Cancer-associated VTE: can evidence for DOACs be extrapolated to haematological cancers?

Cancer care

By Dave Levitan

1 Mar 2021

Direct oral anticoagulants (DOACs) have changed the management of venous thromboembolism (VTE). In recent years their use has extended to the realm of cancer-associated VTE (CAT), but experts warn that a paucity of trial data in that setting should breed caution in the care of patients with haematological malignancies.

“Given the escalated risk of VTE in patients with haematological malignancies, it is important that changes to treatment paradigms are based on robust evidence,” wrote authors led by Dr Richard Buka, of the University of Birmingham, in a letter in the British Journal of Haematology.

Cancer in general raises the risk of thrombosis sevenfold, and patients with haematological malignancies are at the highest risk of any type of cancer. Until very recently, the standard of care for CAT has been low-molecular-weight heparin (LMWH), based on results of the 2003 CLOT study which showed benefit compared with a coumarin.

However, four phase III randomised trials on the use of DOACs in CAT have been published in the last two years (CARAVAGGIO, ADAM-VTE, HOKUSAI-VTE, and SELECT-D), leading to a NICE recommendation for their use as a first option in CAT.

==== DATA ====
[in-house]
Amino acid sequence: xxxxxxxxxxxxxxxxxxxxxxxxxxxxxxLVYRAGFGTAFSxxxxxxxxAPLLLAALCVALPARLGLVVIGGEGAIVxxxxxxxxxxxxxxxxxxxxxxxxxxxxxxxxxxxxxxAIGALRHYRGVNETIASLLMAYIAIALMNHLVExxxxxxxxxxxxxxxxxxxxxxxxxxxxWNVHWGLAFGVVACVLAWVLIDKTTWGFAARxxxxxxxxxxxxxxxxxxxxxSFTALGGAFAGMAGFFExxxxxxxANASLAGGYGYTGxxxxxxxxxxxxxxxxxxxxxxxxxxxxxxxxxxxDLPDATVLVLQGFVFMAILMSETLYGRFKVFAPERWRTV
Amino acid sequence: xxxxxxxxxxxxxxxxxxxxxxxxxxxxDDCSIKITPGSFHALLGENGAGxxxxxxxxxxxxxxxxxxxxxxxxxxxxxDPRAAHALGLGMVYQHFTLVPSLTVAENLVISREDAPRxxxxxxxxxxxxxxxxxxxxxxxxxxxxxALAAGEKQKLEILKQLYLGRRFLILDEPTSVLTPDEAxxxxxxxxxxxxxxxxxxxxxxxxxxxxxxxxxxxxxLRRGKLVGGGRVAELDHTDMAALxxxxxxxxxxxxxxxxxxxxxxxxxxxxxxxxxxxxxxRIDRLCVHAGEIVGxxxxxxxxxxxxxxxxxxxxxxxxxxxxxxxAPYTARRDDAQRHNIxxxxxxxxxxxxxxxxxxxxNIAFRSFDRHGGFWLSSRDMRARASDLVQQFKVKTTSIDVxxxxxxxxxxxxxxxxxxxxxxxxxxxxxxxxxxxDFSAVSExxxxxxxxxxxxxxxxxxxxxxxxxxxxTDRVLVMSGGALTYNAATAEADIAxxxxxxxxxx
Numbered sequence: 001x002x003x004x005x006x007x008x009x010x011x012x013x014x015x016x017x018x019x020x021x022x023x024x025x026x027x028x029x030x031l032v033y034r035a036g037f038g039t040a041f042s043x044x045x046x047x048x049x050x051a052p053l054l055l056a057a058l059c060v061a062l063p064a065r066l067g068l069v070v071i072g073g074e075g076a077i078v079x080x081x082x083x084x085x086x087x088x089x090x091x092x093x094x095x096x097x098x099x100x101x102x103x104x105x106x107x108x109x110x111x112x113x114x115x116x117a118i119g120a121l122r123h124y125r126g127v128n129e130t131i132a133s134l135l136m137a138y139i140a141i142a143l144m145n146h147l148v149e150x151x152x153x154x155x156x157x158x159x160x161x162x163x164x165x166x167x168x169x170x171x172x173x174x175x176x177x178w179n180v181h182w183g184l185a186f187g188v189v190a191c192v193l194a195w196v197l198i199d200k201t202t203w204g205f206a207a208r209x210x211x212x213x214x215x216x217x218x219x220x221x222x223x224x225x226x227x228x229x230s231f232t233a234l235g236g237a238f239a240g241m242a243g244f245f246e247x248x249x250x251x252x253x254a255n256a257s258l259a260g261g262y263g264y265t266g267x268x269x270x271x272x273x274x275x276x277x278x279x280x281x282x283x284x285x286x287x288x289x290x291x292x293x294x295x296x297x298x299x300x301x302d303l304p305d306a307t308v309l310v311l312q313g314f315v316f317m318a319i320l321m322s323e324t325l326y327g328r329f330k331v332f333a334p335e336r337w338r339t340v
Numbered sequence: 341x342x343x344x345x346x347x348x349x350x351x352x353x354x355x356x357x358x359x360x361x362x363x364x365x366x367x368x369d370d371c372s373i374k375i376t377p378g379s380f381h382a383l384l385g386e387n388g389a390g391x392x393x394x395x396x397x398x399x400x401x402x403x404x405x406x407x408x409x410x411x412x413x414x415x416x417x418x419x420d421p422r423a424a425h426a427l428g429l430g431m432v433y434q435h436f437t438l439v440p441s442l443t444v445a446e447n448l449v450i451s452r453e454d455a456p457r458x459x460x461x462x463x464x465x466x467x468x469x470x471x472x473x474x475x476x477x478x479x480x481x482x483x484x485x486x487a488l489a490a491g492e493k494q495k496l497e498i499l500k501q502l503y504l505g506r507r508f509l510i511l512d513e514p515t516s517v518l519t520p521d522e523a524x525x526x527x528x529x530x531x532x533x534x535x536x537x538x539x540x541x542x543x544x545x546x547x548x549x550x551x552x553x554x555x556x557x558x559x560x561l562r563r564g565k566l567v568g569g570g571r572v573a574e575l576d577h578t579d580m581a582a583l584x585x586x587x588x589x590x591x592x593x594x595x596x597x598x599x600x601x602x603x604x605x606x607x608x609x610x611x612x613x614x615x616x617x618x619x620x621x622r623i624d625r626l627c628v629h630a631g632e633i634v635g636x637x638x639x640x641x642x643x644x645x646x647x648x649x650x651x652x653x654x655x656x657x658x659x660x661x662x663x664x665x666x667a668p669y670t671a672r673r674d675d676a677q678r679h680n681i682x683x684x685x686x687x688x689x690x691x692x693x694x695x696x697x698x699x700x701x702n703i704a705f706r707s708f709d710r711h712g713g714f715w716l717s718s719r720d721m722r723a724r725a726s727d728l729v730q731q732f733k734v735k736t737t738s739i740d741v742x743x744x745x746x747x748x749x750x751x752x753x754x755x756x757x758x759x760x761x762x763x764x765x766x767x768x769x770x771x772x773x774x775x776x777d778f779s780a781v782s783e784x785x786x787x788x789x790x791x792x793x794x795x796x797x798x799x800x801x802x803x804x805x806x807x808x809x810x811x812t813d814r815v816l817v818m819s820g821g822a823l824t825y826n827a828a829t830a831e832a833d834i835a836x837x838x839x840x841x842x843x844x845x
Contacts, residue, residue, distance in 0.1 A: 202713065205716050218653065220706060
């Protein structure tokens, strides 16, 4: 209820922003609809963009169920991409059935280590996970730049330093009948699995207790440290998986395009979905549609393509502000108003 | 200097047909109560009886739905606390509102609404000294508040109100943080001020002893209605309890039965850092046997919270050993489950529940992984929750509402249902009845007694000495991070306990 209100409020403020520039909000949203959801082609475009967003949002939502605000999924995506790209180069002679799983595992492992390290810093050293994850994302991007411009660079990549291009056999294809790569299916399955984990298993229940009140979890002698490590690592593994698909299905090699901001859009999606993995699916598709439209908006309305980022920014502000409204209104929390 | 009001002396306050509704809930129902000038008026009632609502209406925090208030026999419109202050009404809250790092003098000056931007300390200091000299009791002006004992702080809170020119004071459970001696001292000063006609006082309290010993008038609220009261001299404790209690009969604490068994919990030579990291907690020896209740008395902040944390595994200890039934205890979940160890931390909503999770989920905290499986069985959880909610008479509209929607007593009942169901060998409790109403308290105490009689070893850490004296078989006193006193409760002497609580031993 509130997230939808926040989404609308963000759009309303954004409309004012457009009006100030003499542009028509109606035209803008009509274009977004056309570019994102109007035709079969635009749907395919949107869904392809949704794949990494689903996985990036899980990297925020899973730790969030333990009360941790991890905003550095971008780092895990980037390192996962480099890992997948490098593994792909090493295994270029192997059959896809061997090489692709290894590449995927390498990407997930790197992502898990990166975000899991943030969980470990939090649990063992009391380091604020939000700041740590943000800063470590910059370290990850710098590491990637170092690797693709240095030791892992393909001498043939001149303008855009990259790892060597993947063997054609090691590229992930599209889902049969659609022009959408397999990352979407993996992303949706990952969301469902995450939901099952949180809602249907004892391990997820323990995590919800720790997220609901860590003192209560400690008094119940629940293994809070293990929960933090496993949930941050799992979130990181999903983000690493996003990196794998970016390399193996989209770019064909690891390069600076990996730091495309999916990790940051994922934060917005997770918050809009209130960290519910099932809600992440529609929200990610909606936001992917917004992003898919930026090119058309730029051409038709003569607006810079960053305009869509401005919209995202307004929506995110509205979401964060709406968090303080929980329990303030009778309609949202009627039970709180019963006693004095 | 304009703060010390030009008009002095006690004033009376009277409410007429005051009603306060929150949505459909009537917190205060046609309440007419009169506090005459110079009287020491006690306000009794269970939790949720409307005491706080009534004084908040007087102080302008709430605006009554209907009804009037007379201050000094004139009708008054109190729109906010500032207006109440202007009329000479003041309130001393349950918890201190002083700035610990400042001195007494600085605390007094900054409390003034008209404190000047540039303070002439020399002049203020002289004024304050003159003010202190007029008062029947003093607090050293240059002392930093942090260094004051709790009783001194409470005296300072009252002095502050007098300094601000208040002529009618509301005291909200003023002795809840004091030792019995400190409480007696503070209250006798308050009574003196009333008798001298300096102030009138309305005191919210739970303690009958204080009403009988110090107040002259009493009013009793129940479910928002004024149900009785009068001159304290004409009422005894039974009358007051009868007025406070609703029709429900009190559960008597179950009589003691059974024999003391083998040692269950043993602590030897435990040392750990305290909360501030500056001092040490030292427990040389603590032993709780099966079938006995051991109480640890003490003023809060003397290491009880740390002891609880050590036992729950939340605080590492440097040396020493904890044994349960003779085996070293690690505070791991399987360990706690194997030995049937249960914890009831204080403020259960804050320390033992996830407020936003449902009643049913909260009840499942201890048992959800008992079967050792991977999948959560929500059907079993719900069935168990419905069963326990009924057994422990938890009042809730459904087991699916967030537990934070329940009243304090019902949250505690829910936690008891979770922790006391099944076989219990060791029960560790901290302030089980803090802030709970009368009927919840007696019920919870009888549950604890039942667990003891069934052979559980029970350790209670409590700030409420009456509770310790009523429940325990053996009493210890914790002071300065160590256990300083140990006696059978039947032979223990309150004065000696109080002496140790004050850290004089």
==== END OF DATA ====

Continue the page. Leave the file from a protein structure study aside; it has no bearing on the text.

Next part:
Unfortunately, those trials offer only sparse evidence for the use of DOACs specifically in haematological malignancies. Though the trials included a total of 2,898 patients in total, only 257 patients were included in the broad category of haematological malignancies.

“Additionally, the haematological malignancies encompass a wide range of pathologies that have differential effects on the risk of VTE,” the authors wrote. “Patients with myeloma for example are particularly at risk of VTE during treatment with immunomodulatory drugs such as thalidomide.”

The four DOAC trials likely had fewer than 50 patients with multiple myeloma. There are likely even fewer with acute leukaemias; the CARAVAGGIO trial of apixaban explicitly excluded any patients with acute leukaemia, and in general there were exclusions based on levels of thrombocytopenia and anaemia.

“We are therefore of the opinion that given the high risk of thrombosis in patients with various haematological malignancies, and the stark paucity of data for safety and efficacy, the DOACs should be used with caution,” Dr Buka and colleagues wrote.

It is important to remember that LMWH is known to be a safe and effective treatment, with few drug interactions. Still, the authors added that DOACs do have efficacy for treatment of VTE in patients with haematological malignancies. Furthermore, the risk of dying from VTE or major bleeding in the various trials has been very low, with high rates of patients dying from their underlying disease.

“A trial of DOACs versus LMWH in patients with specific haematological malignancies would be ideal, but for now we are likely to have to make do with real‐world data,” the authors wrote.

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